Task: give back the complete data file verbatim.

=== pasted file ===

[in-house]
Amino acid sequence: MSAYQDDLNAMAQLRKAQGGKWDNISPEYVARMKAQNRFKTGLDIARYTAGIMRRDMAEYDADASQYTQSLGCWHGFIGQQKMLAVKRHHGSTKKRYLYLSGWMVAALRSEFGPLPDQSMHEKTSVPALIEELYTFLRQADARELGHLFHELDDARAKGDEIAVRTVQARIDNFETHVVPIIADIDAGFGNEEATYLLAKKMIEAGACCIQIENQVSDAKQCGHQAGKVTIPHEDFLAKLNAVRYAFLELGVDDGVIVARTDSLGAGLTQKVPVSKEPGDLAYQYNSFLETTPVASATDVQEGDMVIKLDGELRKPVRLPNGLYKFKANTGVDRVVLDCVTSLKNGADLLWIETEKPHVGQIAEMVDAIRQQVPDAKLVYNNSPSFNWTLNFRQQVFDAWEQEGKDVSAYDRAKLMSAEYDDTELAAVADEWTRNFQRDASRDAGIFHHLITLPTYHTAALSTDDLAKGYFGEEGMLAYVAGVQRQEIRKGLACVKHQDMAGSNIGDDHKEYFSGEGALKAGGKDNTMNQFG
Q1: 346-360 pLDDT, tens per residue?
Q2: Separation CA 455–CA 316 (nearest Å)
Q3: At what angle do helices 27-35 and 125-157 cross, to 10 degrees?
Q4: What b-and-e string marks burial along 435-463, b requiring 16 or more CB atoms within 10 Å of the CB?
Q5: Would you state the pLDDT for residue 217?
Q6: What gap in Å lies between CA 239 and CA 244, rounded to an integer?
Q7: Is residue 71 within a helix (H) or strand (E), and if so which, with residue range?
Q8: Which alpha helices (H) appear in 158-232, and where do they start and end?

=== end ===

[in-house]
Amino acid sequence: MSAYQDDLNAMAQLRKAQGGKWDNISPEYVARMKAQNRFKTGLDIARYTAGIMRRDMAEYDADASQYTQSLGCWHGFIGQQKMLAVKRHHGSTKKRYLYLSGWMVAALRSEFGPLPDQSMHEKTSVPALIEELYTFLRQADARELGHLFHELDDARAKGDEIAVRTVQARIDNFETHVVPIIADIDAGFGNEEATYLLAKKMIEAGACCIQIENQVSDAKQCGHQAGKVTIPHEDFLAKLNAVRYAFLELGVDDGVIVARTDSLGAGLTQKVPVSKEPGDLAYQYNSFLETTPVASATDVQEGDMVIKLDGELRKPVRLPNGLYKFKANTGVDRVVLDCVTSLKNGADLLWIETEKPHVGQIAEMVDAIRQQVPDAKLVYNNSPSFNWTLNFRQQVFDAWEQEGKDVSAYDRAKLMSAEYDDTELAAVADEWTRNFQRDASRDAGIFHHLITLPTYHTAALSTDDLAKGYFGEEGMLAYVAGVQRQEIRKGLACVKHQDMAGSNIGDDHKEYFSGEGALKAGGKDNTMNQFG
Q1: 346-360 pLDDT, tens per residue?
Q2: Separation CA 455–CA 316 (nearest Å)
Q3: At what angle do helices 27-35 and 125-157 cross, to 10 degrees?
Q4: What b-and-e string marks burial along 435-463, b requiring 16 or more CB atoms within 10 Å of the CB?
Q5: Would you state the pLDDT for residue 217?
Q6: What gap in Å lies between CA 239 and CA 244, rounded to an integer?
Q7: Is residue 71 within a helix (H) or strand (E), and if so which, with residue range?
Q8: Which alpha helices (H) appear in 158-232, and where do they start and end?